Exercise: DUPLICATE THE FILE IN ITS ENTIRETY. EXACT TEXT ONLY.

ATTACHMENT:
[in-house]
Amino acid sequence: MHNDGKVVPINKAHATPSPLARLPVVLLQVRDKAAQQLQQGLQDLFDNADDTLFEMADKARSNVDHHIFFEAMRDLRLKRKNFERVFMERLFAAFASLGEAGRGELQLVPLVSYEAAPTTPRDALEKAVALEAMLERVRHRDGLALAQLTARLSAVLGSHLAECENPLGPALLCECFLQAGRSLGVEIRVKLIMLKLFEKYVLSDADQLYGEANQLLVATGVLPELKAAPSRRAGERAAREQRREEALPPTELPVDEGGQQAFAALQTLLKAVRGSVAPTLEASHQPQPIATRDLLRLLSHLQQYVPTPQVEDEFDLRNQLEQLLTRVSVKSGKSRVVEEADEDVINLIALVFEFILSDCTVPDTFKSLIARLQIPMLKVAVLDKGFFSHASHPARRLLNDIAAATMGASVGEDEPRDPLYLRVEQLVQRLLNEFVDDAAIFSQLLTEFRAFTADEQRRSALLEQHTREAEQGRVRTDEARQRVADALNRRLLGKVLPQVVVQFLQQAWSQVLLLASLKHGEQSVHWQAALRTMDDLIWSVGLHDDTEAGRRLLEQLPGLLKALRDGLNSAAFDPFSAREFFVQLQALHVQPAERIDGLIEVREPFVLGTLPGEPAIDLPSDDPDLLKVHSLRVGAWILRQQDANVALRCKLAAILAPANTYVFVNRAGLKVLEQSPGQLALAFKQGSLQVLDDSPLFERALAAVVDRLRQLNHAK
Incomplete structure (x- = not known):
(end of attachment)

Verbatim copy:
[in-house]
Amino acid sequence: MHNDGKVVPINKAHATPSPLARLPVVLLQVRDKAAQQLQQGLQDLFDNADDTLFEMADKARSNVDHHIFFEAMRDLRLKRKNFERVFMERLFAAFASLGEAGRGELQLVPLVSYEAAPTTPRDALEKAVALEAMLERVRHRDGLALAQLTARLSAVLGSHLAECENPLGPALLCECFLQAGRSLGVEIRVKLIMLKLFEKYVLSDADQLYGEANQLLVATGVLPELKAAPSRRAGERAAREQRREEALPPTELPVDEGGQQAFAALQTLLKAVRGSVAPTLEASHQPQPIATRDLLRLLSHLQQYVPTPQVEDEFDLRNQLEQLLTRVSVKSGKSRVVEEADEDVINLIALVFEFILSDCTVPDTFKSLIARLQIPMLKVAVLDKGFFSHASHPARRLLNDIAAATMGASVGEDEPRDPLYLRVEQLVQRLLNEFVDDAAIFSQLLTEFRAFTADEQRRSALLEQHTREAEQGRVRTDEARQRVADALNRRLLGKVLPQVVVQFLQQAWSQVLLLASLKHGEQSVHWQAALRTMDDLIWSVGLHDDTEAGRRLLEQLPGLLKALRDGLNSAAFDPFSAREFFVQLQALHVQPAERIDGLIEVREPFVLGTLPGEPAIDLPSDDPDLLKVHSLRVGAWILRQQDANVALRCKLAAILAPANTYVFVNRAGLKVLEQSPGQLALAFKQGSLQVLDDSPLFERALAAVVDRLRQLNHAK
Incomplete structure (x- = not known):